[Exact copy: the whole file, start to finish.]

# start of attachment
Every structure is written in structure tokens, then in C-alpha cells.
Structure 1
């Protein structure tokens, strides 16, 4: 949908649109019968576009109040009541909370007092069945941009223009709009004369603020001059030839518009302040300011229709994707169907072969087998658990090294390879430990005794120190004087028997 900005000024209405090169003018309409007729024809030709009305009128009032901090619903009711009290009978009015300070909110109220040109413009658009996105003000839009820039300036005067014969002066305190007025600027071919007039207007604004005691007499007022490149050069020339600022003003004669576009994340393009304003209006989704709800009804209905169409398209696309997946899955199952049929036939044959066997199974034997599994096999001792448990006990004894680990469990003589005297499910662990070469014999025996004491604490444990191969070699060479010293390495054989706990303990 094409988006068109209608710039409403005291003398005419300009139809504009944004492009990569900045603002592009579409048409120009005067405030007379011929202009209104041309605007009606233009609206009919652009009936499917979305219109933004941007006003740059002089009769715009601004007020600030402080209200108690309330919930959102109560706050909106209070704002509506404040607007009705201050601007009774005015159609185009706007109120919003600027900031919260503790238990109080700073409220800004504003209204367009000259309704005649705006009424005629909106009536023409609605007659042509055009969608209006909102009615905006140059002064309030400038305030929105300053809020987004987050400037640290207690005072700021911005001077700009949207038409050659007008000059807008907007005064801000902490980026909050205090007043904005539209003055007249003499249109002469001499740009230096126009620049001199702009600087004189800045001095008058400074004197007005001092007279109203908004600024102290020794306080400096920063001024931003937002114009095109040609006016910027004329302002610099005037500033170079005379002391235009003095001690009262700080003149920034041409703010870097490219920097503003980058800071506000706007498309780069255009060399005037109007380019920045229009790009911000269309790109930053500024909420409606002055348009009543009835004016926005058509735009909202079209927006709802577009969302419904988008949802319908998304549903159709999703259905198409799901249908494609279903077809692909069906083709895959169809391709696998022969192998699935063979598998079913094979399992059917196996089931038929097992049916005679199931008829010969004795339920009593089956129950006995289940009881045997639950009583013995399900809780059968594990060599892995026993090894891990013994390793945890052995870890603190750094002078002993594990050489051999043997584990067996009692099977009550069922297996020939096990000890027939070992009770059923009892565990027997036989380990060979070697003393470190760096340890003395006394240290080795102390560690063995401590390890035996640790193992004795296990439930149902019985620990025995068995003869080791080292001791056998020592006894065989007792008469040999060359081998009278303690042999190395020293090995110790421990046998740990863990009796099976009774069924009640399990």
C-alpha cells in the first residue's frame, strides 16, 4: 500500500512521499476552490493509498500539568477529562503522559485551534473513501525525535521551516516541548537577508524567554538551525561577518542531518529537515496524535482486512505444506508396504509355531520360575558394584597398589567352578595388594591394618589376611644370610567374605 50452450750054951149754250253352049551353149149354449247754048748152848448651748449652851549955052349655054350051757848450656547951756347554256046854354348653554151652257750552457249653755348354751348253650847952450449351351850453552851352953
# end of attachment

Every structure is written in structure tokens, then in C-alpha cells.
Structure 1
């Protein structure tokens, strides 16, 4: 949908649109019968576009109040009541909370007092069945941009223009709009004369603020001059030839518009302040300011229709994707169907072969087998658990090294390879430990005794120190004087028997 900005000024209405090169003018309409007729024809030709009305009128009032901090619903009711009290009978009015300070909110109220040109413009658009996105003000839009820039300036005067014969002066305190007025600027071919007039207007604004005691007499007022490149050069020339600022003003004669576009994340393009304003209006989704709800009804209905169409398209696309997946899955199952049929036939044959066997199974034997599994096999001792448990006990004894680990469990003589005297499910662990070469014999025996004491604490444990191969070699060479010293390495054989706990303990 094409988006068109209608710039409403005291003398005419300009139809504009944004492009990569900045603002592009579409048409120009005067405030007379011929202009209104041309605007009606233009609206009919652009009936499917979305219109933004941007006003740059002089009769715009601004007020600030402080209200108690309330919930959102109560706050909106209070704002509506404040607007009705201050601007009774005015159609185009706007109120919003600027900031919260503790238990109080700073409220800004504003209204367009000259309704005649705006009424005629909106009536023409609605007659042509055009969608209006909102009615905006140059002064309030400038305030929105300053809020987004987050400037640290207690005072700021911005001077700009949207038409050659007008000059807008907007005064801000902490980026909050205090007043904005539209003055007249003499249109002469001499740009230096126009620049001199702009600087004189800045001095008058400074004197007005001092007279109203908004600024102290020794306080400096920063001024931003937002114009095109040609006016910027004329302002610099005037500033170079005379002391235009003095001690009262700080003149920034041409703010870097490219920097503003980058800071506000706007498309780069255009060399005037109007380019920045229009790009911000269309790109930053500024909420409606002055348009009543009835004016926005058509735009909202079209927006709802577009969302419904988008949802319908998304549903159709999703259905198409799901249908494609279903077809692909069906083709895959169809391709696998022969192998699935063979598998079913094979399992059917196996089931038929097992049916005679199931008829010969004795339920009593089956129950006995289940009881045997639950009583013995399900809780059968594990060599892995026993090894891990013994390793945890052995870890603190750094002078002993594990050489051999043997584990067996009692099977009550069922297996020939096990000890027939070992009770059923009892565990027997036989380990060979070697003393470190760096340890003395006394240290080795102390560690063995401590390890035996640790193992004795296990439930149902019985620990025995068995003869080791080292001791056998020592006894065989007792008469040999060359081998009278303690042999190395020293090995110790421990046998740990863990009796099976009774069924009640399990």
C-alpha cells in the first residue's frame, strides 16, 4: 500500500512521499476552490493509498500539568477529562503522559485551534473513501525525535521551516516541548537577508524567554538551525561577518542531518529537515496524535482486512505444506508396504509355531520360575558394584597398589567352578595388594591394618589376611644370610567374605 50452450750054951149754250253352049551353149149354449247754048748152848448651748449652851549955052349655054350051757848450656547951756347554256046854354348653554151652257750552457249653755348354751348253650847952450449351351850453552851352953